A rocket that was to resupply the International Space Station blew up Tuesday night a few seconds after lift-off from Wallops Island, Va. (NASA)

An unmanned rocket that was to resupply the International Space Station blew up Tuesday evening a few seconds after liftoff from Wallops Island, Va.

The Orbital Sciences rocket rose a short distance from the launchpad and then exploded in a ball of orange flames. Orbital Sciences is a private company based in Dulles, Va.

NASA confirmed that all personnel were accounted for and that there were no injuries in the explosion. However, it appeared that the explosion caused damage on the ground. Emergency personnel from nearby Virginia jurisdictions, including Chincoteague, were sent to the scene.

The cause of the explosion was not immediately known.

At a news conference Tuesday evening, NASA described the explosion as a “catastrophic anomaly.”

At liftoff, rockets are filled with highly volatile fuel, including kerosene, and flight is considered risky.

Officials reiterated that any specific determination of what went wrong would take time. Witness accounts of what happened varied somewhat. Some said that the rocket appeared to catch fire within seconds after liftoff, then fell back to the launchpad and exploded.

The explosion directed new attention to the commercial space flight program. In contrast to earlier years, the commercial program involves craft that are built and operated by private companies.

Officials indicated Tuesday night that they were determined to continue with the program. An Orbital Sciences official said that when the cause is identified, “we will begin the necessary work to return to flight.”

NASA’s William Gerstenmaier said the failed attempt “will not deter us” from working to expand the “already successful” capability of supplying the space station from the United States.

Shortly after the explosion, CNN quoted a launch director as saying that the spacecraft contained classified “crypto” equipment, but early Wednesday a NASA spokesman said by email that “We didn’t have any classified items on board.”

Orbital Sciences had conducted previous resupply missions from Wallops Island under a contract with NASA. However, Tuesday’s launch was to be the first in which a more powerful second-stage motor was to be used.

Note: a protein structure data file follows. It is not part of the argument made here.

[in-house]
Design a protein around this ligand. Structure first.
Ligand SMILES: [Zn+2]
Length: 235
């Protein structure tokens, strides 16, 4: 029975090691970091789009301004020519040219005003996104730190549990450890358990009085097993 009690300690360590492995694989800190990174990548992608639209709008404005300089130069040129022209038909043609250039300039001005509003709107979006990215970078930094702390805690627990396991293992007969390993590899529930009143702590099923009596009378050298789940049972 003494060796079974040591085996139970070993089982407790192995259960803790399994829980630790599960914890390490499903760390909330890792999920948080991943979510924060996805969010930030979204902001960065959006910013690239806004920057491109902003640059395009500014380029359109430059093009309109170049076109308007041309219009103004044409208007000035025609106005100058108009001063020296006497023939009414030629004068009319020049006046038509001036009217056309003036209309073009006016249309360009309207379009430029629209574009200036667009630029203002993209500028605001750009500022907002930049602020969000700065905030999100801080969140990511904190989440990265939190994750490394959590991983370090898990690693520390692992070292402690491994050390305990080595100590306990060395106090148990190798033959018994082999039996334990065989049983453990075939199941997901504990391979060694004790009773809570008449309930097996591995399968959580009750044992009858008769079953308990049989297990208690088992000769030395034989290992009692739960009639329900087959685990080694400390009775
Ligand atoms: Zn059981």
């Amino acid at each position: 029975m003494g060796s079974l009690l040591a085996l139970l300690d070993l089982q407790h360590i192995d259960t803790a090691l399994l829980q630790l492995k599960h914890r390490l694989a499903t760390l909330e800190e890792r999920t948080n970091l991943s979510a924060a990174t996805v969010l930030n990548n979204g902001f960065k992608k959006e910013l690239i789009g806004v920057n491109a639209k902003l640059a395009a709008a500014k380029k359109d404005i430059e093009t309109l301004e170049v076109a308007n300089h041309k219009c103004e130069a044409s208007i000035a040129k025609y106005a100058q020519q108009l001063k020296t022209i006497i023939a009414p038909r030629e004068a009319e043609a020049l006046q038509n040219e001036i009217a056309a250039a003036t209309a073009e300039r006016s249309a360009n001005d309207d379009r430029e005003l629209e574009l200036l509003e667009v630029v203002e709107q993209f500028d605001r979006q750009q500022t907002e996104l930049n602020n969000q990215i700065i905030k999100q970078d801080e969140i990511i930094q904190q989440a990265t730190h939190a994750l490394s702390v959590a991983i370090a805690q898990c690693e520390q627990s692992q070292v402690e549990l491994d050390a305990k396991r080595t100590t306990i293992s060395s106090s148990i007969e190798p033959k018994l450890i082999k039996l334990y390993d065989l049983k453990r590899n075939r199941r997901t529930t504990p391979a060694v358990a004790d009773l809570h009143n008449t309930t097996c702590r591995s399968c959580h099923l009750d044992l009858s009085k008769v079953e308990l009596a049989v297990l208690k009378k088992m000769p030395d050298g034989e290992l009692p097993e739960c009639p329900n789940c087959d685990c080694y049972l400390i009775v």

The launch was scheduled for 6:22 p.m. from the facility on the Eastern Shore of Virginia. Had all gone according to plan, the launch would have been visible for hundreds of miles along the Eastern Seaboard, and as far west as Pittsburgh.

Many people had gathered in anticipation of the launch, from the Eastern Shore to the Washington area. The White House said President Obama was briefed on the explosion. The crew of the space station reportedly witnessed the accident on a video feed.

Plans called for a two-stage Antares space launch vehicle to boost a Cygnus spacecraft into orbit. The compartment that carried the Antares payload was about 12 feet in diameter, at the top of the long, slender Antares.

After reaching orbit, the spacecraft was then to dock with the space station.

The first stage employed a liquid-fueled­ rocket that was powered by two Aerojet Rocketdyne AJ26 engines, according to Orbital Sciences.

The second stage was to use a solid motor to boost the Cygnus into orbit. Orbital said the mission was the first to use a larger, more powerful Castor 30XL second-stage­ motor.

Orbital Sciences has contracted with the space agency to resupply the space station. The rocket was carrying about 5,000 pounds of food and other cargo.

At the news conference, it was asserted that the value of the rocket and spacecraft was more than $200 million. The financial effect of the loss on the parties involved could not be learned immediately.

Authorities said at the news conference that the space station crew had no urgent needs and could continue operations for some time without the cargo that was to be brought on the Cygnus.

Successful resupply missions have been carried out under the $1.9 billion contract with Orbital Sciences. Tuesday’s launch was to be the third cargo mission to the space station by a Cygnus spacecraft.

The explosion may have been the most spectacular launch failure at the Wallops Island facility, on the edge of the Atlantic Ocean. Video showed a cloud of smoke and a fireball, with small pieces of debris ejected from the center of the explosion.

Previously, the resupply missions to the space station were conducted with NASA’s space shuttles. The space shuttle program ended in 2011. Orbital Sciences and NASA, among others, will investigate the accident.

The cargo in the Cygnus included students’ science experiments.